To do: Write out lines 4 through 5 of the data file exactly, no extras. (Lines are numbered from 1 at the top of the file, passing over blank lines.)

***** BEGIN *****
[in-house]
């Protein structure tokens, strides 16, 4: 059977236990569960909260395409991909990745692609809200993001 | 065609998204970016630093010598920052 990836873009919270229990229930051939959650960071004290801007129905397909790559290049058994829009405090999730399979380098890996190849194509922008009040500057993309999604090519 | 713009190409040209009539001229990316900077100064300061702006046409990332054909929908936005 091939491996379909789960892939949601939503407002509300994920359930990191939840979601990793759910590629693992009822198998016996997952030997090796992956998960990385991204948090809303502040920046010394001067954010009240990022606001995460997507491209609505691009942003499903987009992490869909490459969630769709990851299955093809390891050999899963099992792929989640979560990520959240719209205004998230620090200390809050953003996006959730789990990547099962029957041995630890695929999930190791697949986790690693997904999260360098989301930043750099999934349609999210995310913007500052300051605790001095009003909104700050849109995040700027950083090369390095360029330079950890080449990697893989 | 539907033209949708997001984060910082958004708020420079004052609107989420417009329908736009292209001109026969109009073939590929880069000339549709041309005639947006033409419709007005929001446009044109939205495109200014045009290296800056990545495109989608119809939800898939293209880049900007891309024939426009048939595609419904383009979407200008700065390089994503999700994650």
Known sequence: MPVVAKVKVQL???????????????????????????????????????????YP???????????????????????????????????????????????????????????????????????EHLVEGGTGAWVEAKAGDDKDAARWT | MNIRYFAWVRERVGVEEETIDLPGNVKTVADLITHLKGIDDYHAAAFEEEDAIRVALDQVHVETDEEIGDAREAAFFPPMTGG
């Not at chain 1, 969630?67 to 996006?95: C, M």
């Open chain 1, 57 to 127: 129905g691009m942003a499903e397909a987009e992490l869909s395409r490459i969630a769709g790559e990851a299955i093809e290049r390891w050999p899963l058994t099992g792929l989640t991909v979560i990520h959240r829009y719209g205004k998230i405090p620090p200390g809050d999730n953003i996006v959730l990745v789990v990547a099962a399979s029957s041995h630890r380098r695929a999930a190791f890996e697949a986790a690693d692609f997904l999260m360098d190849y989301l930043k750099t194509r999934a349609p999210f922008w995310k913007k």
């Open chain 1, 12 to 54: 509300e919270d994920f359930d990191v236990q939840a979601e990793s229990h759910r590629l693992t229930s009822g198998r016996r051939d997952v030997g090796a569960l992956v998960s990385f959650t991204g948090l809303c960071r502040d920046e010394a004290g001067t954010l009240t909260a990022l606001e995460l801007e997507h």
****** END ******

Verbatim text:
């Not at chain 1, 969630?67 to 996006?95: C, M």
């Open chain 1, 57 to 127: 129905g691009m942003a499903e397909a987009e992490l869909s395409r490459i969630a769709g790559e990851a299955i093809e290049r390891w050999p899963l058994t099992g792929l989640t991909v979560i990520h959240r829009y719209g205004k998230i405090p620090p200390g809050d999730n953003i996006v959730l990745v789990v990547a099962a399979s029957s041995h630890r380098r695929a999930a190791f890996e697949a986790a690693d692609f997904l999260m360098d190849y989301l930043k750099t194509r999934a349609p999210f922008w995310k913007k």